Conduit 2 review (Wii)

Almost two years after High Voltage Software delivered The Conduit exclusively to the Nintendo Wii, the sci-fi first-person shooter action has returned to the system with the follow-up: an improved package that's wrapped up in satisfying combat and stellar visuals, yet unfortunately is also littered with a few prominent flaws.

It's been a bit quiet on the Wii front as of late as we are seeing so few titles being released, but not only does Conduit 2 arrive at a time when the console is seriously lacking in new games, it's also a welcome addition to the frustratingly small variety of shooters available. Rather mind-bogglingly, genre games have been few and far between since launch, despite the system's perfectly-suited and unique controls. It makes sense, then, that Conduit 2's control scheme is excellent and offers a huge amount of customisable options to ensure that players can begin their gun-blazing adventure in a way that suits them, whether using the Wiimote and Nunchuk with MotionPlus compatibility, or Classic Controller.

The game picks up immediately after the events of the original with the player character Michael Ford (voiced this time by Duke Nukem himself Jon St. John) chasing power-hungry John Adams through conduit portals across the world as you come face-to-face with hostile troops and dangerous alien races. The battle begins on an offshore oil rig in the Bermuda Triangle and takes players to the likes of Washington D.C., England, China and Siberia in a fairly short story woven through with age-old conspiracy theories. It's all very generic, which is a fitting word to describe the entire game.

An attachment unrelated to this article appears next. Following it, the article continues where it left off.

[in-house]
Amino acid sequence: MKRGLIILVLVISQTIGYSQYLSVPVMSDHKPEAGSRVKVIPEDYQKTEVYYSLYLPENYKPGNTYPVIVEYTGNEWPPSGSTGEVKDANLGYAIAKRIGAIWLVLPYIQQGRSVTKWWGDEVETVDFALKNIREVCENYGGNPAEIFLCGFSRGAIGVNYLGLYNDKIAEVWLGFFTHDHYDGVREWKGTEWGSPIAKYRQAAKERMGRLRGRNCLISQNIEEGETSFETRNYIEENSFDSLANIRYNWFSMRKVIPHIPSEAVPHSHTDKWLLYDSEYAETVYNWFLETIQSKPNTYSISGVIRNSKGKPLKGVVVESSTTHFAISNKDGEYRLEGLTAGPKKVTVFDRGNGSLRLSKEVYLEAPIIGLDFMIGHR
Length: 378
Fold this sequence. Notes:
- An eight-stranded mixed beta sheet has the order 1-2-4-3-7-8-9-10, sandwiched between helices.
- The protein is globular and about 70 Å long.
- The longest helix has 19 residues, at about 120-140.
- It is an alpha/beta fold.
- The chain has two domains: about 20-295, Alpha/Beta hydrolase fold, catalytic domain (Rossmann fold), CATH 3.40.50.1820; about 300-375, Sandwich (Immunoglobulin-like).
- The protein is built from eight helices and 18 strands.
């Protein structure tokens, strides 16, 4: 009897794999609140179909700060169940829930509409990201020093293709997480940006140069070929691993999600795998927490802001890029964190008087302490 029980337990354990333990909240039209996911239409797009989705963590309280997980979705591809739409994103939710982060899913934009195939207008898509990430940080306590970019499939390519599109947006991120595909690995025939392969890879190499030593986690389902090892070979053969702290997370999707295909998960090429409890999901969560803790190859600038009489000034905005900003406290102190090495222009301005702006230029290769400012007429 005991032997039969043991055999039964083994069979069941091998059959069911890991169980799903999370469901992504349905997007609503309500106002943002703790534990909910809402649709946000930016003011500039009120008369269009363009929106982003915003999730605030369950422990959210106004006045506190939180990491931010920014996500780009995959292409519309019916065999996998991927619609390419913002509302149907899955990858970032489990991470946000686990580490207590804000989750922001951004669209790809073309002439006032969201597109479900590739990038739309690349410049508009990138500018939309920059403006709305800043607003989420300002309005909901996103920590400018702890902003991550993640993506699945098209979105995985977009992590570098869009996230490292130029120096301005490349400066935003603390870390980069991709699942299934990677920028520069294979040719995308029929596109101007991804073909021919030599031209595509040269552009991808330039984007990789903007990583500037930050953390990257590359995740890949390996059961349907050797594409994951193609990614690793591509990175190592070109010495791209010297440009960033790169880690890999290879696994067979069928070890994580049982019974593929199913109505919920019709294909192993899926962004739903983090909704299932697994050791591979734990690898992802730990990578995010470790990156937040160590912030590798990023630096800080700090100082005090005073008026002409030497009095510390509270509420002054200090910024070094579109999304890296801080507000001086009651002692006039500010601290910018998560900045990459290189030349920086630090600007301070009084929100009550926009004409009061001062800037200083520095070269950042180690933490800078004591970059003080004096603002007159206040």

Although Conduit 2 features appealing replayability thanks to a currency system offering weapon upgrades and the conduits themselves enabling access to previous missions post-completion, the single-player campaign is largely by-the-numbers and adheres to the tried and tested although bland formula of run-shoot-kill. That doesn't make it a boring game as blasting away at your enemies is as enjoyable as ever, but there's nothing fresh or ground-breaking.

It's a perfectly good shooter that pushes the Wii's visuals to the max but is marred by uninspired mutiplayer modes. While is has the basic components for a great game including a comical and self-referential edge as a contrast to the more serious tone of the first game, it's ultimately a forgettable experience.

Stuart O'Connor is the Managing Editor of Screenjabber, the movie review website he co-founded with Neil Davey far too many years ago. He likes all genres, as long as the film is good (although he does enjoy the occasional bad "guilty pleasure"), and drinks way too much coffee.

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